Of the four major Japanese styles of karate (Shotokan, Wado-Ryu, Goju-Ryu, & Shito-Ryu) practised throughout the world today only Goju-Ryu does not practice the Pinan / Heian Katas. The reason the Pinan katas are common to the three remaining styles is that Itosu features strongly their family trees. Master Itosu along with Kanryo Higaonna were the main teachers of Kenwa Mabuni (founder of Shito-Ryu). The name ‘Shito’ is derived from the two characters used in the writing of Itosu& ‘Higaonna’. Mabuni was undoubtedly Itosu’s foremost disciple. Along with Master Azato & Master Matumura, Itosu was also one of the teachers of Gichin Funakoshi (founder of Shotokan). It is doubtful that Funakoshi learnt the Pinans directly from Itosu as Funakoshi concluded his training with Itosu before the Pinans came into being. Some sources say that Funakoshi learnt the Pinan katas from Kenwa Mabuni in 1919, four years after Itosu’s death. Kenwa Mabuni, Gichin Funakoshi & Choki Motobu (who also studied under Itosu) were the main karate teachers of Hironori Otsuka (founder of Wado-Ryu). Otsuka also studied Shinto Yoshin Ryu jujitsu under Yukiyoshi Tatasusaburo Nakayama. Otsuka received his instruction in the Pinan katas from both Mabuni and Funakoshi.
The word ‘Pinan’ means ‘peaceful mind’ (Note: same characters can also be read as “Safe form Harm” in Chinese). The name is taken to mean that once these five forms and their applications have been mastered the karateka can be confident in their ability to defend themselves in most situations. The word ‘Pinan’ is made up two ideograms. The original Okinawan pronunciation of the first ideogram is ‘pin’, whereas the Japanese pronounce it ‘hei.’ Generally Wado-Ryu & Shito-Ryu favour the Okinawan pronunciation of ‘Pinan’. Shotokan stylists favour the Japanese pronunciation of ‘Heian.’ The reason for this is that Gichin Funakoshi gave all the katas practised within Shotokan Japanese names. He did this so that the Japanese people would find the names easier to use, to further distance the art from any of its Chinese origins and to acknowledge the development of karate by the Okinawans & Japanese. Gichin Funakoshi also swapped the ‘Nidan’ (2nd level) & ‘Shodan’ (1st level) suffixes so that the names reflected the order in which the katas are most commonly taught. This means that Shotokan’s ‘Heian Shodan’ is called “Pinan Nidan” in the remaining styles and vice-versa.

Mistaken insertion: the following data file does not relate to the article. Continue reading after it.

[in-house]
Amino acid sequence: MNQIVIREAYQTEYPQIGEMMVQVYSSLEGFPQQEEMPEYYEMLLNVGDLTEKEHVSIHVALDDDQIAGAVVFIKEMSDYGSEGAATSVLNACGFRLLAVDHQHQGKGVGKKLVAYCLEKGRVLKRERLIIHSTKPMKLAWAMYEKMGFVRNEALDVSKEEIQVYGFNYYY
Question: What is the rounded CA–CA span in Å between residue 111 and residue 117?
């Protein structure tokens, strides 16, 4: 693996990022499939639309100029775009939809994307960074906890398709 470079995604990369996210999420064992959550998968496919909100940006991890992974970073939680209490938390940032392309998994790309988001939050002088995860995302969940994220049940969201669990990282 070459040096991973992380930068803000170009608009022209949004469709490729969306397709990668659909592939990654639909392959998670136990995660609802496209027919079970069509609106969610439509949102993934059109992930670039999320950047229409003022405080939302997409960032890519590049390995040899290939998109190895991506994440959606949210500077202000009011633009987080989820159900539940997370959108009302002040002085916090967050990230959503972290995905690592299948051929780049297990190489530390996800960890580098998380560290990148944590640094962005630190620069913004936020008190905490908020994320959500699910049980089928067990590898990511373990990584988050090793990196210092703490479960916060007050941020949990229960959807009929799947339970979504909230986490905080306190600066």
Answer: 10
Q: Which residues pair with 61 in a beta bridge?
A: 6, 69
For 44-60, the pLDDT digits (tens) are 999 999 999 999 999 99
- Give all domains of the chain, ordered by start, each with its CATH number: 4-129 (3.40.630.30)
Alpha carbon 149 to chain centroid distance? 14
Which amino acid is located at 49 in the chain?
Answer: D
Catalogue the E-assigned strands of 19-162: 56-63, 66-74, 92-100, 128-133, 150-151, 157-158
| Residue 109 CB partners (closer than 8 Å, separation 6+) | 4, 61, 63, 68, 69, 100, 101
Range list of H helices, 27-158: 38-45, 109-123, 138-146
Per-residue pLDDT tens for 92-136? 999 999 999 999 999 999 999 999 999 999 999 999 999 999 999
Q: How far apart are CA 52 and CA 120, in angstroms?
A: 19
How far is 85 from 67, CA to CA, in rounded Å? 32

There are differences in the ways that the various styles perform the Pinan / Heian katas but the overall pattern remains the same. These changes are the result of the developments made by the founders of each style. There are also minor variations between many of the instructors and associations that are in existence today. There is nothing automatically wrong with these variations. Variations due to forgetfulness, insufficient study, poor technique, laziness etc. are obviously undesirable but this does not mean that all variations are unacceptable. Every one of us is different and hence it is impossible for everybody to perform the katas in exactly the same way. Subtle changes over time are, to my mind, actually desirable as it is in this way that karate continues to evolve.
When analysed correctly the Pinans / Heians have a great deal to offer to the karateka. Itosu was an extremely talented fighter and the Pinans / Heians are regarded by many to be a summary of his most effective methods – A fact supported by the name he chose for them. We are greatly indebted to Itosu for creating such an effective system of fighting.